On 11/28/2011 03:39 PM, Mark Wagner wrote:
> Hi Yaniv
> Sorry for the delay in responding, I wanted to run this by our team to
> make sure that you could benefit from their experiences as well. I have
> included some responses from Ben inline (b>>>>).
Thanks, we've done (and continue to do) some of our own tests. No
concrete conclusions yet. See additional notes below.
> On 11/20/2011 08:21 AM, Yaniv Kaul wrote:
>> As we are getting some newer gear, I was wondering what is a better
>> setup for network-based storage in our lab (all our hosts will have
>> >1 interface, and our storages - either 4x1Gb or some with 10Gb).
>> Am I correct to assume that NFS, from a single host, will not benefit
>> much from bonding, when connected to a single storage domain (= a
>> single mount). Isn't it using a single TCP connection? (which btw
>> implies we might get better perf. with multiple mounts?).
> b>>>> My own experience is that NFS like any IP app can benefit
> greatly from bonding. The advantage of bonding is that you don't have
> to manually balance application network traffic across NICs, and it
> provides high-availability in event of port or cable failure. I've
> seen up to 300 MB/s with a 4-way 1-Gbps bond with mode balance-alb (6)
> or trunking (4) or balance-xor (2). Each mode has its limitations. I
> have no experiencing bonding with 10-GbE but I see no reason why
> 10-GbE wouldn't work in principle. Modes 2 (balance by TCP port + IP
> addr ) or 6 work best when a node is communicating with multiple other
> nodes in parallel. Mode 4 requires that the network switch be
> configured for trunking, but is the least restrictive. Mode 6 uses
> ARP to load balance peer MAC addresses across NICs, but usually works
> only within a single LAN.
- I haven't tested balance_tlb/alb, but I don't see how it'll help with
a single connection. I think the only viable solution is going 10Gb in
- Mode 4 with xmit_hash_policy set to layer3+4 is nice, but 'is not
fully 802.3ad compliant', so I'll try it out for fun, but am not happy
- Mode 2 with layer3+4 xmit_hash_policy - sounds interesting for iSCSI -
if I manage to get multiple connections (see below)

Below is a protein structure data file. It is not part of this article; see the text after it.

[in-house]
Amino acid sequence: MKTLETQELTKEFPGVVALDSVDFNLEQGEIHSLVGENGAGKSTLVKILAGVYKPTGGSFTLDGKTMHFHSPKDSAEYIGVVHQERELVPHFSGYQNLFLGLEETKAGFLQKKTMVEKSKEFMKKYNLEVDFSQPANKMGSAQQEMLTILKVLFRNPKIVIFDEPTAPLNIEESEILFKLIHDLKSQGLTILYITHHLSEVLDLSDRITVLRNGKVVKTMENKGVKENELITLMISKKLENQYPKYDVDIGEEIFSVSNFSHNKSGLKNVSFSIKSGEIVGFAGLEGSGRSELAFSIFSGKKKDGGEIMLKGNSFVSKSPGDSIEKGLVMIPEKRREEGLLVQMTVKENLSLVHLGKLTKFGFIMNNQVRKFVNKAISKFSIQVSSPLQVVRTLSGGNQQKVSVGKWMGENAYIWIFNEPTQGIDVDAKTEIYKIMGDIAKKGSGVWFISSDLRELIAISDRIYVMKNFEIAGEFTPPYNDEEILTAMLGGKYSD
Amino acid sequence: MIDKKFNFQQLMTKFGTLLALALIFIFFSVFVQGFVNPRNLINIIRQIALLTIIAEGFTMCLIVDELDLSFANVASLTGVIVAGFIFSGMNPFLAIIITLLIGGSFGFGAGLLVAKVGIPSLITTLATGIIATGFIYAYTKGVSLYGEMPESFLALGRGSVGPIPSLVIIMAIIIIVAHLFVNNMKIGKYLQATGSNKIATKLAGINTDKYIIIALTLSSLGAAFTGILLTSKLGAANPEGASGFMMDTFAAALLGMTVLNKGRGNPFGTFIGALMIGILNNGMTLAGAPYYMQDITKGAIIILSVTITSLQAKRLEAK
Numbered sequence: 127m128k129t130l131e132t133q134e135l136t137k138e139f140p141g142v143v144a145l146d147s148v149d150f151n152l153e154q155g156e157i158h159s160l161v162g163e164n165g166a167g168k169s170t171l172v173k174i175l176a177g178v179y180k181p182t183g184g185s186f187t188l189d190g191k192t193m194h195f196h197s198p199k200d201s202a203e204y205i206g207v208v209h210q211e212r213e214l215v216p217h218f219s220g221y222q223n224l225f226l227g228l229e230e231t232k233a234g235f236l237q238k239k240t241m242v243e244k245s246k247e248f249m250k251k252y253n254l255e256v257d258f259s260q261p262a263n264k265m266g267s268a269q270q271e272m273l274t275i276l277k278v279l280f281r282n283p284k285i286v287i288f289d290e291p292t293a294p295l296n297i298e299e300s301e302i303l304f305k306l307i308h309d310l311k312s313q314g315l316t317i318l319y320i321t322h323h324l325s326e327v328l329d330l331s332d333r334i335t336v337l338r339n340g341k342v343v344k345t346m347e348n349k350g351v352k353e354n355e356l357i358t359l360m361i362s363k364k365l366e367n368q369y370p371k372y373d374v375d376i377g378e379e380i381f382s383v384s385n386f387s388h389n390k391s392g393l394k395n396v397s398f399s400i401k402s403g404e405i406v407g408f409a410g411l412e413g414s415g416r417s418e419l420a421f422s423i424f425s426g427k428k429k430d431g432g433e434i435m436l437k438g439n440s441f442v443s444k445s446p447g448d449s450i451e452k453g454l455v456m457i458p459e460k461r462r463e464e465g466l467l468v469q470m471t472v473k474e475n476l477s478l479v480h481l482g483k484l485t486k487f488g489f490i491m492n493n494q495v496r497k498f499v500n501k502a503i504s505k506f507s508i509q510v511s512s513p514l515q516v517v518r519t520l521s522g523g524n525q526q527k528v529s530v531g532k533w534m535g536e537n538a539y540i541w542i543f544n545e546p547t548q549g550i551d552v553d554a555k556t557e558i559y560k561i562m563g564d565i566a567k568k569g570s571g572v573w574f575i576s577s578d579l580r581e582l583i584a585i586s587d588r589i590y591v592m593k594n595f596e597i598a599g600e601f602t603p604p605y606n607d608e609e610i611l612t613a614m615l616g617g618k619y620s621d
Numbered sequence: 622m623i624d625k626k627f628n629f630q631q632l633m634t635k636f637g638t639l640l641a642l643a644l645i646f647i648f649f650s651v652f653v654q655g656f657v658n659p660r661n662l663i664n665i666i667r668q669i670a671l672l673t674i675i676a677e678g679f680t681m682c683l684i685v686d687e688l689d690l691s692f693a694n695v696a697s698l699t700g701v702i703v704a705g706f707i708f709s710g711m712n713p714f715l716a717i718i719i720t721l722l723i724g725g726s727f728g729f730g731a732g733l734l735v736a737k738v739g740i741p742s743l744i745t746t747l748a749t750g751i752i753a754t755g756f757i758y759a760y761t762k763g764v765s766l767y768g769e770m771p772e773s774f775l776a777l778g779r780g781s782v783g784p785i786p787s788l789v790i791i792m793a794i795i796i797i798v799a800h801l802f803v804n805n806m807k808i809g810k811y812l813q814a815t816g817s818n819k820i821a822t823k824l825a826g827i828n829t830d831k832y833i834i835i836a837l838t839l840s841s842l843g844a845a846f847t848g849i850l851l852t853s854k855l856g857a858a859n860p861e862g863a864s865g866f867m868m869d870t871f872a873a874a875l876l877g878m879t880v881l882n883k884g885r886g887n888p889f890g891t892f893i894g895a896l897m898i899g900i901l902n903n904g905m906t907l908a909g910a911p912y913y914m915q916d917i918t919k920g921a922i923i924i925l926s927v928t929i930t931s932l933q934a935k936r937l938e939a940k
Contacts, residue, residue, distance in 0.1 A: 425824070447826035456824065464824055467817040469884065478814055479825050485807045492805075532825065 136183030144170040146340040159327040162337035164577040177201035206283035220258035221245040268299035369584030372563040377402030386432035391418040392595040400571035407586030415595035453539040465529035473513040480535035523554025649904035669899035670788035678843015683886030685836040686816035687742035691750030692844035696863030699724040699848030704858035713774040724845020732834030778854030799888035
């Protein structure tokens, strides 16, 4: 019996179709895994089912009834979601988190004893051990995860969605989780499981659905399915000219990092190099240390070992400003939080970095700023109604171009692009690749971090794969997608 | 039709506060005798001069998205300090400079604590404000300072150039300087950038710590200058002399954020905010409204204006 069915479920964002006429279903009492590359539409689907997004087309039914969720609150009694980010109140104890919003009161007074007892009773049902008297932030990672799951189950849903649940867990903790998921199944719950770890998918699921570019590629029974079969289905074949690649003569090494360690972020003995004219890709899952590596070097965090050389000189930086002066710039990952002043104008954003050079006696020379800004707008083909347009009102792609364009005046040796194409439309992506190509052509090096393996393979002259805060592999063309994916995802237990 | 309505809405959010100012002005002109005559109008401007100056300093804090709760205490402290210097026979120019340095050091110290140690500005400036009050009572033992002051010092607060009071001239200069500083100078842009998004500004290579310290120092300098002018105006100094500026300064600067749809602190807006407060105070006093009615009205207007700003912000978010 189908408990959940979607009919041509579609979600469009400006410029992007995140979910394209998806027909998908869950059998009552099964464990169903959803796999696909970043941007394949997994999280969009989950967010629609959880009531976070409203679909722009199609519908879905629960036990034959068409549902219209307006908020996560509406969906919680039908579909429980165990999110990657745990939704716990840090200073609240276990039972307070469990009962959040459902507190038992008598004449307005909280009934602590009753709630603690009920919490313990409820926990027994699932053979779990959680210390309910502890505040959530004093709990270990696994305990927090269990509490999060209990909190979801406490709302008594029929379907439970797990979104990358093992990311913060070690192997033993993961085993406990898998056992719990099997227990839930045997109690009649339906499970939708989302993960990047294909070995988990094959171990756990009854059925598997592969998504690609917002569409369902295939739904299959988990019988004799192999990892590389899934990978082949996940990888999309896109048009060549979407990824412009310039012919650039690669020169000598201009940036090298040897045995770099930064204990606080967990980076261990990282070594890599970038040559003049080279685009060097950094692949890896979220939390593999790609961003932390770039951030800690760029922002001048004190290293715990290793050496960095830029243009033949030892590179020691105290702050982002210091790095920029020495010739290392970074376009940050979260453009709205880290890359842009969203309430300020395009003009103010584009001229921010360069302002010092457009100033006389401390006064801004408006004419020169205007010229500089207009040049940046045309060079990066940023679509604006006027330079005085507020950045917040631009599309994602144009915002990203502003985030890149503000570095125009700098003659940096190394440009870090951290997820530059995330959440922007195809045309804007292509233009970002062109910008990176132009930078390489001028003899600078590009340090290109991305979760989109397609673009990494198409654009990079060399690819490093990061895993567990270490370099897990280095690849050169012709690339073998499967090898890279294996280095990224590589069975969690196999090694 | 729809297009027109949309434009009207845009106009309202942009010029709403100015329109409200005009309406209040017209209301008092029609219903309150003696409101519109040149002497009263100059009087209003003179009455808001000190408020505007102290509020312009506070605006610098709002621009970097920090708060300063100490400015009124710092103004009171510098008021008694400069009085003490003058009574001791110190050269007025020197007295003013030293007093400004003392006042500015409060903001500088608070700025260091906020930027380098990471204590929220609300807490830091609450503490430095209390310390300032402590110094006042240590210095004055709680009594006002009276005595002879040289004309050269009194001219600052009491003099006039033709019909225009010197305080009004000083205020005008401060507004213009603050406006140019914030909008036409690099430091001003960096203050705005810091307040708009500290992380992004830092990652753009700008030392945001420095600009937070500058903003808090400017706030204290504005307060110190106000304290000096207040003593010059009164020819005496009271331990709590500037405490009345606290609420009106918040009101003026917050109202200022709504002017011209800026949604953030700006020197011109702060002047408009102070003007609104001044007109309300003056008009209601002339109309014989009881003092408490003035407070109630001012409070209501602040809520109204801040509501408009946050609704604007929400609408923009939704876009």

- (IIRC, mode 6 is not supported over bridges or something)
> b>>>> Yes NFS is using a single connection from KVM host to NFS
> server for a given block device, but in my experience with NetApp at
> least, performance was pretty good even so, and it is possible to tune
> TCP for higher-network-latency environments.
> b>>> on the other hand, if you want to reserve network bandwidth for
> particular block devices, not using bonding, or using 2 pairs of
> bonded NICs could help.
>> Am I better off configuring multipathing rather than bonding for
>> iSCSI, for the same reason? Configure two IPs on two interfaces on
>> the host, same on the storage? (which btw hints at why iSCSI from the
>> QEMU level is an interesting feature).
>> Should I 'cheat' and configure multiple IPs on the bonded interfaces
>> on the storage side?
>> For both I'm sure jumbo frames would be nice, and we will be using it
>> partially in our labs.
> b>>>> For ISCSI/TCP or NFS/TCP Jumbo frames are essential for bulk
> transfer workloads Just be careful when using non-TCP protocols (e.g.
> NFS/UDP) with jumbo frames.
Jumbo frames are not a good (enough) solution for two reasons:
1. They require the whole switch to be configured with support for it
(at least our Cisco switches), which is a bit limiting. We have done it
on a dedicated switch.
2. They only give ... +5% or so improvement? That's perhaps all I'll be
able to do for NFS, but I'm hoping to do more for iSCSI:
Our current idea is to create the storage domain's VG out of two LUNs -
on two different targets. We have to have two connections - one to each
target, and have those connections run in parallel (and NOT share a
single physical link). We have partially succeeded to do so, but are
still working on it.
BTW, our biggest performance improvement so far came from changing the
block size of the backing storage to 32K (instead of the default 8K)...
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